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SharePoint Customization Tricks: Part II

Posted by Ayman ElHattab Articles | SharePoint January 26, 2009
In this article, I'll show you another two tricks for customizing the list form toolbar.
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Introduction

This multipart series of articles is intended to help you getting ramped up with SharePoint Customization. It's about modifying the default SharePoint user experience, list forms customization, branding, skinning SharePoint portals, etc. In Part 1, I introduced a generic function that can be used to hide the list view toolbar menu items (e.g. New Item, Upload, Edit in Grid view, etc). If you haven't read it yet, I would encourage you do to that first. Today I'll show you another two tricks for customizing the list form toolbar.

Trick #2 : Hiding List Form Toolbar Menu Items!


Sometimes, you need to remove some items from the toolbar that appears at the top of DispForm.aspx.

Unfortunately, the "HideCustomAction" feature can merely hide the items which have been rendered through the "Custom Action" feature framework such as Site Actions and Site setting so let's take the same approach we took in Part 1 which is delving back into the world of JavaScript which I really find very handy when it comes to SharePoint customization.

The following function can be used to hide any toolbar item in dispform.aspx. Just call the function passing the names of the items comma separated (e.g. New Items, Alert Me, etc.). The function removes the items and of course the images rendered beside them (if found). Trick #3 will deal with where and how you can add the function to your list form.

Kindly note that the function is case sensitive so take care of the case the toolbar item names are rendered.

       hideFormMenuItems("New Item", "Alert Me");
        function hideFormMenuItems() {
            var titleToHide = "";
            var anchorTag;
            var allAnchorTags = document.getElementsByTagName('a');
            for (var i = 0; i < hideFormMenuItems.arguments.length; i++) {
                titleToHide = hideFormMenuItems.arguments[i];
                if (titleToHide != 'Alert Me') {
                    for (var j = 0; j < allAnchorTags.length; j++) {
                        anchorTag = allAnchorTags[j];
                        if (anchorTag.title.indexOf(titleToHide) != -1) {
                            anchorTag.parentNode.parentNode.parentNode.parentNode.
parentNode.style.display = "none";
                            anchorTag.parentNode.parentNode.parentNode.parentNode.
parentNode.nextSibling.style.display = "none";
                            break;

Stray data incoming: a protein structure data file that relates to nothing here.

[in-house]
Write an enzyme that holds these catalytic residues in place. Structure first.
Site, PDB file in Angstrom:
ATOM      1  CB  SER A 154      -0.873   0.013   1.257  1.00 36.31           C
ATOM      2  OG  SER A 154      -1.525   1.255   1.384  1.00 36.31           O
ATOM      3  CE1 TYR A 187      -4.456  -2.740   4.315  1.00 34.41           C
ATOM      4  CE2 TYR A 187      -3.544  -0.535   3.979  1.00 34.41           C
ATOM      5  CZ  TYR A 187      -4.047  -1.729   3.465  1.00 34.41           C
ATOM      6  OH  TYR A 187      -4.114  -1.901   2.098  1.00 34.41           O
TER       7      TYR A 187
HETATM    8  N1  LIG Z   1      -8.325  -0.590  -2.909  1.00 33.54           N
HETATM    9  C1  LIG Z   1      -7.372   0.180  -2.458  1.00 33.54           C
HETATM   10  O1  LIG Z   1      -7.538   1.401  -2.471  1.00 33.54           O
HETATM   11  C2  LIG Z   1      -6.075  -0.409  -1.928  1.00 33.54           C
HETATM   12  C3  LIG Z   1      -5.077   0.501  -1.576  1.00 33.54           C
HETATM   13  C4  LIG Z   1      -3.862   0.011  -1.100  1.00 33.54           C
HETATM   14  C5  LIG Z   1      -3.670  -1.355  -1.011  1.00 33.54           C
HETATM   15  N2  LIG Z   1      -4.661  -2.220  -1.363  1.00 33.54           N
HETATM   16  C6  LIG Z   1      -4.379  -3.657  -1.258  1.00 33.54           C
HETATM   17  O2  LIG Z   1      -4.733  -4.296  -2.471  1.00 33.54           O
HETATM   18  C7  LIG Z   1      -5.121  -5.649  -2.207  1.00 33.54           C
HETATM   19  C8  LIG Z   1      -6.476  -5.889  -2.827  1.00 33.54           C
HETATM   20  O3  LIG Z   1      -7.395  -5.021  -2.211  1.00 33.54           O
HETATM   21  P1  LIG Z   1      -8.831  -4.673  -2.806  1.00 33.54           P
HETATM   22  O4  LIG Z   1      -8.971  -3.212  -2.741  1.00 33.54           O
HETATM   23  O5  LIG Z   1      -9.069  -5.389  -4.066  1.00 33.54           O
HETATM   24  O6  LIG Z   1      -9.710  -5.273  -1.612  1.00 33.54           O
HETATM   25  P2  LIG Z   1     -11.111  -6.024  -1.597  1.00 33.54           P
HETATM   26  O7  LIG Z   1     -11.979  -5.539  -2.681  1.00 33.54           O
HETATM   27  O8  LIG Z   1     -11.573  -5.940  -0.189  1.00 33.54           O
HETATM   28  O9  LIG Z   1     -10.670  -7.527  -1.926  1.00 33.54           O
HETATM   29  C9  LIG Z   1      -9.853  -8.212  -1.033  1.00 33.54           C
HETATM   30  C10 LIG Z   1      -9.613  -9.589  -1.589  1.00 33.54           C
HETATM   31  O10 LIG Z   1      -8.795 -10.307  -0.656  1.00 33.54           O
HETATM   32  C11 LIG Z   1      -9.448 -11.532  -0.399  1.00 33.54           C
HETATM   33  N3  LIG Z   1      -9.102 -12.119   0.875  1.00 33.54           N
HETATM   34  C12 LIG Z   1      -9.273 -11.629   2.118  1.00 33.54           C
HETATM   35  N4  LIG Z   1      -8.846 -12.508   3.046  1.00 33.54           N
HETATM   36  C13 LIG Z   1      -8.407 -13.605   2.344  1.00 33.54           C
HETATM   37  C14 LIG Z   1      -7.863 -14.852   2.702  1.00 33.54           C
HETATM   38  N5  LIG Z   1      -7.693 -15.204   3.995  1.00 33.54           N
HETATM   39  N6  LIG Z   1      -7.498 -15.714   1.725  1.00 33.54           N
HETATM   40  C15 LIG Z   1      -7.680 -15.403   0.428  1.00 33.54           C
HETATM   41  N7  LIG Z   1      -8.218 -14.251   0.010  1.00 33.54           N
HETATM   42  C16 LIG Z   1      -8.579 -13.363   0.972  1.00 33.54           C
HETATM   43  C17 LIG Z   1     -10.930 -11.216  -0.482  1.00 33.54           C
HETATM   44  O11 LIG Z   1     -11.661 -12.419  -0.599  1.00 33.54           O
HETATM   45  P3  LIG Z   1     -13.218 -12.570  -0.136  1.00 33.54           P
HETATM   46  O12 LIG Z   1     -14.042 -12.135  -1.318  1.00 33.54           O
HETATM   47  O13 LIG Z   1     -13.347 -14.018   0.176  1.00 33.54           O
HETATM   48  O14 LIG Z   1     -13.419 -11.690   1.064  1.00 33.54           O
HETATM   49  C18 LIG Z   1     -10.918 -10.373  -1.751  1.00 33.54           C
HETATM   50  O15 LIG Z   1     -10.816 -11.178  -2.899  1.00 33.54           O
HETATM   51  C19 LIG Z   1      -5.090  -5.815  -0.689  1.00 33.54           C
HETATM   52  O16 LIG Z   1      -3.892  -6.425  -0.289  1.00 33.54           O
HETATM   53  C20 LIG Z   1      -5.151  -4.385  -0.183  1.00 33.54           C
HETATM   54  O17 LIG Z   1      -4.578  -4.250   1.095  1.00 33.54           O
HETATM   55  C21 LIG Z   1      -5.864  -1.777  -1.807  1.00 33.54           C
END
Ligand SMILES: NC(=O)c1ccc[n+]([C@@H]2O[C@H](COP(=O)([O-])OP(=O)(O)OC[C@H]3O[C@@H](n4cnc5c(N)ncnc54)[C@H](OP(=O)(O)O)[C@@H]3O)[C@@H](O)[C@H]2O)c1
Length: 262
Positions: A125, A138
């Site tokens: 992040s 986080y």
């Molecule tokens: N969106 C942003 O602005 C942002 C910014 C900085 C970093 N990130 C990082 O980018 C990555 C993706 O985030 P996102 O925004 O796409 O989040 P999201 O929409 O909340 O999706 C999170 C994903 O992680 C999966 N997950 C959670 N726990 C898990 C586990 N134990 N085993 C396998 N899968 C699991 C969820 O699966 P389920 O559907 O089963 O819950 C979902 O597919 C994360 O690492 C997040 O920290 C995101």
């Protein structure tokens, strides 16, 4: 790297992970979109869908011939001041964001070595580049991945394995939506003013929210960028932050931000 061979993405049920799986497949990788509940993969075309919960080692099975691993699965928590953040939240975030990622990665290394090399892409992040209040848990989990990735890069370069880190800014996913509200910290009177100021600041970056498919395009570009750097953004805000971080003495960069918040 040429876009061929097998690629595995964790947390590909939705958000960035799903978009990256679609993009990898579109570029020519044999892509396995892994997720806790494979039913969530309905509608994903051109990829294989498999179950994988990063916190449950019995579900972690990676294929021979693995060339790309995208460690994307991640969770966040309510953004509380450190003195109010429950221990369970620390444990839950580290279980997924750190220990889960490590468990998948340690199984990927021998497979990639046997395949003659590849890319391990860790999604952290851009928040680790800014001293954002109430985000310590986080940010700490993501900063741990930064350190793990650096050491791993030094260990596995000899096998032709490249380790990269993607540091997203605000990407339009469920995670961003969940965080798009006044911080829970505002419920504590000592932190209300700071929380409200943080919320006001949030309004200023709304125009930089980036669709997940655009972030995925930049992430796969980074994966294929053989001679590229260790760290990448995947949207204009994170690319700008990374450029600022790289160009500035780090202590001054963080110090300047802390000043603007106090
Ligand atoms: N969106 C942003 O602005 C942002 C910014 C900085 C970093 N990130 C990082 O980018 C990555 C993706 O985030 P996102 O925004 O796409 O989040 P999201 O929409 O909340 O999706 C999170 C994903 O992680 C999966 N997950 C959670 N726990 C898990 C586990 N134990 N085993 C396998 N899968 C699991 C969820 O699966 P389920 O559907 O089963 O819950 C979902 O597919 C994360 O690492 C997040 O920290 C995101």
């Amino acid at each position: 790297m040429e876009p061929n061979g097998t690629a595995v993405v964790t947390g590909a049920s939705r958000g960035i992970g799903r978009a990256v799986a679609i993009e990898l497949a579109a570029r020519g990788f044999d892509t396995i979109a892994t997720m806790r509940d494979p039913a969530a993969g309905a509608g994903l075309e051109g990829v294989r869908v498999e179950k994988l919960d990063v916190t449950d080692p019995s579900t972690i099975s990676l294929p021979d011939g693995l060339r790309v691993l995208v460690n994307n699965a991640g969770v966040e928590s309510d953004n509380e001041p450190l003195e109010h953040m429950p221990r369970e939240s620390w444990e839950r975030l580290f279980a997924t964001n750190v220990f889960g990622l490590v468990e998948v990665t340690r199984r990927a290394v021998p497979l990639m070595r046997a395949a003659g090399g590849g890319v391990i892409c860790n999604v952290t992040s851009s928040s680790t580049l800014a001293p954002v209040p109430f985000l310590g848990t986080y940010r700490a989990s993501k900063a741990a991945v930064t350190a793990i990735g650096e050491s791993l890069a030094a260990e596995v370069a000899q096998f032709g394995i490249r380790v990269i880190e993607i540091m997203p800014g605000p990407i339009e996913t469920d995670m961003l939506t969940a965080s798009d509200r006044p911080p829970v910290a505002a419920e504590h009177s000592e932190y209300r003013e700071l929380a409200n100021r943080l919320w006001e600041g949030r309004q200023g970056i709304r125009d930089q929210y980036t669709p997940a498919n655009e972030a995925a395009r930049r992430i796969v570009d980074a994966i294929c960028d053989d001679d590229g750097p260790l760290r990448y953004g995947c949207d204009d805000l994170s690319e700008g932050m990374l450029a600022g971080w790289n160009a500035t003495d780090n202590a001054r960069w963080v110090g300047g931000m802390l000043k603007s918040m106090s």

}
                    }
                }
                else {
                    for (var k = 0; k < allAnchorTags.length; k++) {
                        anchorTag = allAnchorTags[k];
                        if (anchorTag.id.indexOf("SubscribeButton") != -1) {
                            anchorTag.parentNode.parentNode.parentNode.parentNode.
parentNode.style.display = "none";
                            break;
                        }
                   }

                 }
            }
            var allSpanTags = document.getElementsByTagName("span");
            var spanTag;
            var toolbarRow;
            var lastCell;
            for (var m = 0; m < allSpanTags.length; m++) {
                spanTag = allSpanTags[m];

                if (spanTag.id == 'part1') {
                    toolbarRow = spanTag.childNodes[2].firstChild.firstChild;
                    lastCell = toolbarRow.lastChild.previousSibling
                    while (lastCell.style.display == 'none') {
                        lastCell = lastCell.previousSibling;
                    }
                    if (lastCell.innerText == '|') {
                        lastCell.style.display = 'none';
                    }
                    break;
                }
            }
        }

Trick #3 : Adding JavaScript through Content Editor Web Part!

The content editor web part gives you the ability to add any valid HTML on the web part page you place it and this surely includes <script> elements. The major advantage when using the content editor web parts that anyone with Designer permissions can do it quickly and easily.

Nice and Easy, let's do it, just go to Site Actions, Edit Page!!



Where the heck is Edit Page Menu Item?!!

Just like the old version, it's not available, I'm still not sure why they did that!

Trick #3 : Just append "&ToolPaneView=2" to the URL and you will have DispForm.aspx in the Edit Mode in your Browser.



Add a content editor web part just below the web part that renders the list form and insert the JavaScript of Trick #2 as shown in the figure below. (It's preferable to mark the content editor web part as hidden).





Exit the edit mode.


Tremendous, we managed to hide "New Item" and "Alert Me".

What about renaming "Edit Item" to "Edit Program" and Removing "Delete Item" but leaving the small image (x)? That is what I'm going to cover in trick#4 in the next part!

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